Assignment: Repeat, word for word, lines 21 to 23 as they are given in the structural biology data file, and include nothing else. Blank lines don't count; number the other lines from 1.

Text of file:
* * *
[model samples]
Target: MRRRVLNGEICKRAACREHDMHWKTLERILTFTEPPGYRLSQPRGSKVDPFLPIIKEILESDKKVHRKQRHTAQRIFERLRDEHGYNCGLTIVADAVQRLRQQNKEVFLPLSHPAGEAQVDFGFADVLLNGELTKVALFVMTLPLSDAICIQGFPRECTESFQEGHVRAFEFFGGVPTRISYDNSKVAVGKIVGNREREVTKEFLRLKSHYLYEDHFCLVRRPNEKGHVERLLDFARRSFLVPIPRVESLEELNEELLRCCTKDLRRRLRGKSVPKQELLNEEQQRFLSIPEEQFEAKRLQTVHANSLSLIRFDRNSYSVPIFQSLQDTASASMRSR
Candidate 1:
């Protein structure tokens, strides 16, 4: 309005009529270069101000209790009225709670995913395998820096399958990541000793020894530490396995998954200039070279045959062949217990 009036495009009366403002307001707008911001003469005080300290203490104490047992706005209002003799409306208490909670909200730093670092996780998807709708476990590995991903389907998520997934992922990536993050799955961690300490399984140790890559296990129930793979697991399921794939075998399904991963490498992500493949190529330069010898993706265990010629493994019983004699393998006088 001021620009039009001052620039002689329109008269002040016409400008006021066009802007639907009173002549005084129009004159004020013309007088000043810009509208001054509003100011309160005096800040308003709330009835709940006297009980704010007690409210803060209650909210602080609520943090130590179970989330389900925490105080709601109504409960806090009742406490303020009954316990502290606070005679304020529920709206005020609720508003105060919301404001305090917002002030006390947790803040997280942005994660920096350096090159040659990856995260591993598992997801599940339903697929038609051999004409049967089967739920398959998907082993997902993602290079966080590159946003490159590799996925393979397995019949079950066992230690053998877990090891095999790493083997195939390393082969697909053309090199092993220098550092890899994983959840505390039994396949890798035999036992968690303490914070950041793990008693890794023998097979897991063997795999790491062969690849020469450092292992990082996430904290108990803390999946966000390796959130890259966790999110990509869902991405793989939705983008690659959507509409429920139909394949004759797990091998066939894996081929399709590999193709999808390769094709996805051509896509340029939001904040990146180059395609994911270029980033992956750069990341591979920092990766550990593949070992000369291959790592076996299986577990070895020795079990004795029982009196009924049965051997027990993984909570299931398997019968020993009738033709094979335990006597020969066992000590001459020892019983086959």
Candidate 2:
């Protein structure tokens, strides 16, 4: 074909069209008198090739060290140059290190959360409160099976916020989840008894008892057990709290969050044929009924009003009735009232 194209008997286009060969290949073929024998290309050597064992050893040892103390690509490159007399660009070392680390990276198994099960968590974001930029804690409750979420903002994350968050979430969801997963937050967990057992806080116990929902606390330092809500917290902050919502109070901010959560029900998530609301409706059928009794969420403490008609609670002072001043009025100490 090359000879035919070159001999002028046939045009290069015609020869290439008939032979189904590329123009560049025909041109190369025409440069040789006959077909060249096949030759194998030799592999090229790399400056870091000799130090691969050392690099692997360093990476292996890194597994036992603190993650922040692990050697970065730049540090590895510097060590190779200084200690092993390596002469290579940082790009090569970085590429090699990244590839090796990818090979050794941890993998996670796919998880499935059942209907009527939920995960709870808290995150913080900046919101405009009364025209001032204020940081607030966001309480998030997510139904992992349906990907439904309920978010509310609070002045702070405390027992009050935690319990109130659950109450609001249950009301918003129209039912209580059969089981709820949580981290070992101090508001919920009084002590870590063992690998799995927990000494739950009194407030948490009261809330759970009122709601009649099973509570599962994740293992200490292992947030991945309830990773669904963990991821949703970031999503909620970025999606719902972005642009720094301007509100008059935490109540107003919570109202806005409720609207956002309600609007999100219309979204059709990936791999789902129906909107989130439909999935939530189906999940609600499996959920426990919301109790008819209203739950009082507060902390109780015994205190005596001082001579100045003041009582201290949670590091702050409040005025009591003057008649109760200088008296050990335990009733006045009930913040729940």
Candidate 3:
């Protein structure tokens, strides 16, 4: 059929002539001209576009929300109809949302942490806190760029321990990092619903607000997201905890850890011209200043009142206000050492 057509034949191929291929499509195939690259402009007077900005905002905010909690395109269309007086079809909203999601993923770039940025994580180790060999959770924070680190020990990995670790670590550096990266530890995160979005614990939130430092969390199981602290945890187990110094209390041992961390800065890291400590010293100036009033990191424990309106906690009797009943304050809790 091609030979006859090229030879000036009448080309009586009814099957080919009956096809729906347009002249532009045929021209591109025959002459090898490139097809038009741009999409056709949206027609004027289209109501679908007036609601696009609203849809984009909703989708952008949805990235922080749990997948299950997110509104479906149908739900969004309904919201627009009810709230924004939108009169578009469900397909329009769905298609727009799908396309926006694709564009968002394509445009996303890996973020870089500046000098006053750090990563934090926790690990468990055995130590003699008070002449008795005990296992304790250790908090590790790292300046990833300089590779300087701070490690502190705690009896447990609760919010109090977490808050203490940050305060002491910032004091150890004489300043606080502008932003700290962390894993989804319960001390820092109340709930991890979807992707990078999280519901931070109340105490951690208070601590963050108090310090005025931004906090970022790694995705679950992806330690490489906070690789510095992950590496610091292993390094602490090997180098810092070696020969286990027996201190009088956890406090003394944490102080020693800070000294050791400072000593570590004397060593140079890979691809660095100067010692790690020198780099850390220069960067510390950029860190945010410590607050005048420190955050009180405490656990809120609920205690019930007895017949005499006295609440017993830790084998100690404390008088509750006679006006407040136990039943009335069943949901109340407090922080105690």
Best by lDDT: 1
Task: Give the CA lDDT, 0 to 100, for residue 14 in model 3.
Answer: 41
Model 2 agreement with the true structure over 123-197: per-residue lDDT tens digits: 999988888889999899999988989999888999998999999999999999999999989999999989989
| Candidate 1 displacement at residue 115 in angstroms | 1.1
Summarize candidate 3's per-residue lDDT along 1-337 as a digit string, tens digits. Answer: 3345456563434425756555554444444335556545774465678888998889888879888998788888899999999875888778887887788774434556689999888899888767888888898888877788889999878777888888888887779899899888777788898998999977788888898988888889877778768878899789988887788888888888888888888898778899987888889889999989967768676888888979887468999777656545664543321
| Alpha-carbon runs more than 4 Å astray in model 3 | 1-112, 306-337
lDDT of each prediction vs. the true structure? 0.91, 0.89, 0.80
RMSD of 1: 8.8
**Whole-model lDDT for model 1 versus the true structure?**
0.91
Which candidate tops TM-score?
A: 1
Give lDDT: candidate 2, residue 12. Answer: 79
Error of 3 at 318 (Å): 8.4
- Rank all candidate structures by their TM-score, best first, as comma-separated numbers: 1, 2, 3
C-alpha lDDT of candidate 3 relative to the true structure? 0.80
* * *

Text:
A: 1
Give lDDT: candidate 2, residue 12. Answer: 79
Error of 3 at 318 (Å): 8.4